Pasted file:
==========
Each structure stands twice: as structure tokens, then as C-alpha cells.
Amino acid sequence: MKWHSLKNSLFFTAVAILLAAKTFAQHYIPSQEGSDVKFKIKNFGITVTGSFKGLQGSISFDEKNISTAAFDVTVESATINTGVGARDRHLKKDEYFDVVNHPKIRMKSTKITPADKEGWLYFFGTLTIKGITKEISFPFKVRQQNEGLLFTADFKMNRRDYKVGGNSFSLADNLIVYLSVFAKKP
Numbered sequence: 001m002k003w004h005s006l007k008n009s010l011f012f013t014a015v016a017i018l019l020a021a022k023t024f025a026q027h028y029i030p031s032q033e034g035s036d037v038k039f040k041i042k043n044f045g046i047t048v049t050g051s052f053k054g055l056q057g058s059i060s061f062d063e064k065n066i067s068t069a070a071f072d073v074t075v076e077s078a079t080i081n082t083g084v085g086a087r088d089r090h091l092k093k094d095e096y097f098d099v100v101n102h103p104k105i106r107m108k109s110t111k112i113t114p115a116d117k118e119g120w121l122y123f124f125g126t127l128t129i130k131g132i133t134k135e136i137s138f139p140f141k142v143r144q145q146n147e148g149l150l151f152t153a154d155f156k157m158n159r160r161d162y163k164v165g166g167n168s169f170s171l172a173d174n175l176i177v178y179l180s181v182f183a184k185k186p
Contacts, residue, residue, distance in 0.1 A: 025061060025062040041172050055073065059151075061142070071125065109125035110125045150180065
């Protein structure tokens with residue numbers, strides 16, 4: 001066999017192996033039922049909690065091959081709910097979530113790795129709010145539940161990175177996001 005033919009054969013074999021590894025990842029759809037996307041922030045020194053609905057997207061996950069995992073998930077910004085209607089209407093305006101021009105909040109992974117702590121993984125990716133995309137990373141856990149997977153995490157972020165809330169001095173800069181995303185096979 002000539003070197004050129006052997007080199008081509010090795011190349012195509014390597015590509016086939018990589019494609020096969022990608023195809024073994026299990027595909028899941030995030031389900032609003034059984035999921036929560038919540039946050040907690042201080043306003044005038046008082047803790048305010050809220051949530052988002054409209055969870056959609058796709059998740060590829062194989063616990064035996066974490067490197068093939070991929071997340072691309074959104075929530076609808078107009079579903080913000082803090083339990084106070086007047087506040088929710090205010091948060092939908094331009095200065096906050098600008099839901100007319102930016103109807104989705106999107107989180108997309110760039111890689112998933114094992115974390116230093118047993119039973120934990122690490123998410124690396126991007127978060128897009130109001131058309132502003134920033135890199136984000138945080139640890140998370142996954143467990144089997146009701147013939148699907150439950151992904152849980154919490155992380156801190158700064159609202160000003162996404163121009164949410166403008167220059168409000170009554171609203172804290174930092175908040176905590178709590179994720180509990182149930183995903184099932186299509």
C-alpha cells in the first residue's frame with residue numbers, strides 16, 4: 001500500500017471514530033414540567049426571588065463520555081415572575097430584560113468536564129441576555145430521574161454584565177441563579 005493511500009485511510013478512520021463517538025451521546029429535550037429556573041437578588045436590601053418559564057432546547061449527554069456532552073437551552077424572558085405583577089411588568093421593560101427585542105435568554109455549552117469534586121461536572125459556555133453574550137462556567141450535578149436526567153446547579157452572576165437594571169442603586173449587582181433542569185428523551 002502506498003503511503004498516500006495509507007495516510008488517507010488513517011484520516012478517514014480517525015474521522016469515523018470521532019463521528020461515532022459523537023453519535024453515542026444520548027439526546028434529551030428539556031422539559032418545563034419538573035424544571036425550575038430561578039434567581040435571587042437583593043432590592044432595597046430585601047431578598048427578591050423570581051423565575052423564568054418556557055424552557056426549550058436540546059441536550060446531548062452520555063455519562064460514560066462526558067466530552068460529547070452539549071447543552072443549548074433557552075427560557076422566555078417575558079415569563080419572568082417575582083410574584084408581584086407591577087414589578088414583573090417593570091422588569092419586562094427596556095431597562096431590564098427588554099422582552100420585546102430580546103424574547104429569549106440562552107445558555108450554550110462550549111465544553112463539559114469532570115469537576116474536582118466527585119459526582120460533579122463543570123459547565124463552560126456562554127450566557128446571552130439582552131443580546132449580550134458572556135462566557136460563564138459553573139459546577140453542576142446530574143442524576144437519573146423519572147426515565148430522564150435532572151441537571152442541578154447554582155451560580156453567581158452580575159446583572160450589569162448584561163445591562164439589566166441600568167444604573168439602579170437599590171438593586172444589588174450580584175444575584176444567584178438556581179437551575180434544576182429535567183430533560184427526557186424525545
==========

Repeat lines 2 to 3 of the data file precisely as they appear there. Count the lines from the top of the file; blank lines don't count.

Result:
Amino acid sequence: MKWHSLKNSLFFTAVAILLAAKTFAQHYIPSQEGSDVKFKIKNFGITVTGSFKGLQGSISFDEKNISTAAFDVTVESATINTGVGARDRHLKKDEYFDVVNHPKIRMKSTKITPADKEGWLYFFGTLTIKGITKEISFPFKVRQQNEGLLFTADFKMNRRDYKVGGNSFSLADNLIVYLSVFAKKP
Numbered sequence: 001m002k003w004h005s006l007k008n009s010l011f012f013t014a015v016a017i018l019l020a021a022k023t024f025a026q027h028y029i030p031s032q033e034g035s036d037v038k039f040k041i042k043n044f045g046i047t048v049t050g051s052f053k054g055l056q057g058s059i060s061f062d063e064k065n066i067s068t069a070a071f072d073v074t075v076e077s078a079t080i081n082t083g084v085g086a087r088d089r090h091l092k093k094d095e096y097f098d099v100v101n102h103p104k105i106r107m108k109s110t111k112i113t114p115a116d117k118e119g120w121l122y123f124f125g126t127l128t129i130k131g132i133t134k135e136i137s138f139p140f141k142v143r144q145q146n147e148g149l150l151f152t153a154d155f156k157m158n159r160r161d162y163k164v165g166g167n168s169f170s171l172a173d174n175l176i177v178y179l180s181v182f183a184k185k186p